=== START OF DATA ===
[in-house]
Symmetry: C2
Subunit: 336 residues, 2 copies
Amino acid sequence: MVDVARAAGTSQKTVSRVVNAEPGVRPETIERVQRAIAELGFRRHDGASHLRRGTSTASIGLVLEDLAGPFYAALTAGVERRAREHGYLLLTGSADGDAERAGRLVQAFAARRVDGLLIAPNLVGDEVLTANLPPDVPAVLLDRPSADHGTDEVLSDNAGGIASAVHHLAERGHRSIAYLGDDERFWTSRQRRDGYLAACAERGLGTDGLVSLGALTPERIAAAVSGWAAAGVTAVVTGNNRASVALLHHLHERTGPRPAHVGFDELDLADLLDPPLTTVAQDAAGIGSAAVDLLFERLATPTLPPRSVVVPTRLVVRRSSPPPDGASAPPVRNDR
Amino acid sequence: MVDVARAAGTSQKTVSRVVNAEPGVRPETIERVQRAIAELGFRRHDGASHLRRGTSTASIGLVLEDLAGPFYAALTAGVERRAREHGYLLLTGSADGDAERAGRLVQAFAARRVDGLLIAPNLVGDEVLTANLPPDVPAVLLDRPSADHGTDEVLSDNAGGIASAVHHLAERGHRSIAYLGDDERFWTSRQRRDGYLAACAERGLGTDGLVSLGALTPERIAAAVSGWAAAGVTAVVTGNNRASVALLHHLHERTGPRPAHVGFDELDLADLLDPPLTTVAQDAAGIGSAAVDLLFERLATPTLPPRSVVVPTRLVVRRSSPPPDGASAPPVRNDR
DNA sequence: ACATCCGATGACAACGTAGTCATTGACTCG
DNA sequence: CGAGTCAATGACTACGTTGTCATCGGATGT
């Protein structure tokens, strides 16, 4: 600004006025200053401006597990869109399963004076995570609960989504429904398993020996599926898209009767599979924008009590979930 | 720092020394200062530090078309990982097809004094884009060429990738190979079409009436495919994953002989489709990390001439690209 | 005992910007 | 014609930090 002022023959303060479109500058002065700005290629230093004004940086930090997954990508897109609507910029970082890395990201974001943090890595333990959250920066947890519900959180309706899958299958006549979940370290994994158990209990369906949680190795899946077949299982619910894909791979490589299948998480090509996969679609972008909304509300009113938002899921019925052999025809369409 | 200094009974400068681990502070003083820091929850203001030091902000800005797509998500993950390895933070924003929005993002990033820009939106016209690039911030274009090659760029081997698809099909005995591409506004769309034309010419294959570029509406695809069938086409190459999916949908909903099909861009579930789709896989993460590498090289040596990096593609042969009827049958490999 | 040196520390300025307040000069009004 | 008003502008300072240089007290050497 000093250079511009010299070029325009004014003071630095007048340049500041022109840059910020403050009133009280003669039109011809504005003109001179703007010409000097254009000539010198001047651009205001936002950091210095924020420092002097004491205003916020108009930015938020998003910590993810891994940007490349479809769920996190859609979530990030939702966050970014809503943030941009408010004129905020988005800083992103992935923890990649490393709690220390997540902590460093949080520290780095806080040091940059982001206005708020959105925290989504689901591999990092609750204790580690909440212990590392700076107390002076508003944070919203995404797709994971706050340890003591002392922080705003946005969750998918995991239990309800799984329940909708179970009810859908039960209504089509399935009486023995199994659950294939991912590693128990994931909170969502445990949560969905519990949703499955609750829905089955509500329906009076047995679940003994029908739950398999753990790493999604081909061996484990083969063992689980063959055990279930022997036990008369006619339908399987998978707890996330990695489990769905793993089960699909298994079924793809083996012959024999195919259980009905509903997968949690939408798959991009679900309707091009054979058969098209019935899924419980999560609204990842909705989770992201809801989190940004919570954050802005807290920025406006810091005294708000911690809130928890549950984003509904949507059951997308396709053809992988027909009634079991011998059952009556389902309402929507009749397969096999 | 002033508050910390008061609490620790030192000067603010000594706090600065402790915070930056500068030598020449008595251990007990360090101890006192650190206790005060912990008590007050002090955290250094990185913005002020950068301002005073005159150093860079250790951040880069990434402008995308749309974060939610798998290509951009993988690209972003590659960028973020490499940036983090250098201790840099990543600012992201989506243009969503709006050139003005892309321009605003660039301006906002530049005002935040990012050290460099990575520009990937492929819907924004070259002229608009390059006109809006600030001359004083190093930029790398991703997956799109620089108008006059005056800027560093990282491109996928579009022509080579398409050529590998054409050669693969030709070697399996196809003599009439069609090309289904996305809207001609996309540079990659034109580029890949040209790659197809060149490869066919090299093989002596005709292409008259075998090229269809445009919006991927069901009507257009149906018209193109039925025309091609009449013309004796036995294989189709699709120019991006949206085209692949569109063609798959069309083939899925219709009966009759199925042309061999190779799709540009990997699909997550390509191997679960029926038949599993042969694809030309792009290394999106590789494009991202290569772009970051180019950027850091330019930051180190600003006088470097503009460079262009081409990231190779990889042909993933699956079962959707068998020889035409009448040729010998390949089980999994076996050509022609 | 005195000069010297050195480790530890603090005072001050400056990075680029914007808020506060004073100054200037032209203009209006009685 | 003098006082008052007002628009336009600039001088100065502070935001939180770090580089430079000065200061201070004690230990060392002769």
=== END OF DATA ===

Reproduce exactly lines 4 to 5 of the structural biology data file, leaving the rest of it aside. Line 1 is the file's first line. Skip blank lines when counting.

Amino acid sequence: MVDVARAAGTSQKTVSRVVNAEPGVRPETIERVQRAIAELGFRRHDGASHLRRGTSTASIGLVLEDLAGPFYAALTAGVERRAREHGYLLLTGSADGDAERAGRLVQAFAARRVDGLLIAPNLVGDEVLTANLPPDVPAVLLDRPSADHGTDEVLSDNAGGIASAVHHLAERGHRSIAYLGDDERFWTSRQRRDGYLAACAERGLGTDGLVSLGALTPERIAAAVSGWAAAGVTAVVTGNNRASVALLHHLHERTGPRPAHVGFDELDLADLLDPPLTTVAQDAAGIGSAAVDLLFERLATPTLPPRSVVVPTRLVVRRSSPPPDGASAPPVRNDR
Amino acid sequence: MVDVARAAGTSQKTVSRVVNAEPGVRPETIERVQRAIAELGFRRHDGASHLRRGTSTASIGLVLEDLAGPFYAALTAGVERRAREHGYLLLTGSADGDAERAGRLVQAFAARRVDGLLIAPNLVGDEVLTANLPPDVPAVLLDRPSADHGTDEVLSDNAGGIASAVHHLAERGHRSIAYLGDDERFWTSRQRRDGYLAACAERGLGTDGLVSLGALTPERIAAAVSGWAAAGVTAVVTGNNRASVALLHHLHERTGPRPAHVGFDELDLADLLDPPLTTVAQDAAGIGSAAVDLLFERLATPTLPPRSVVVPTRLVVRRSSPPPDGASAPPVRNDR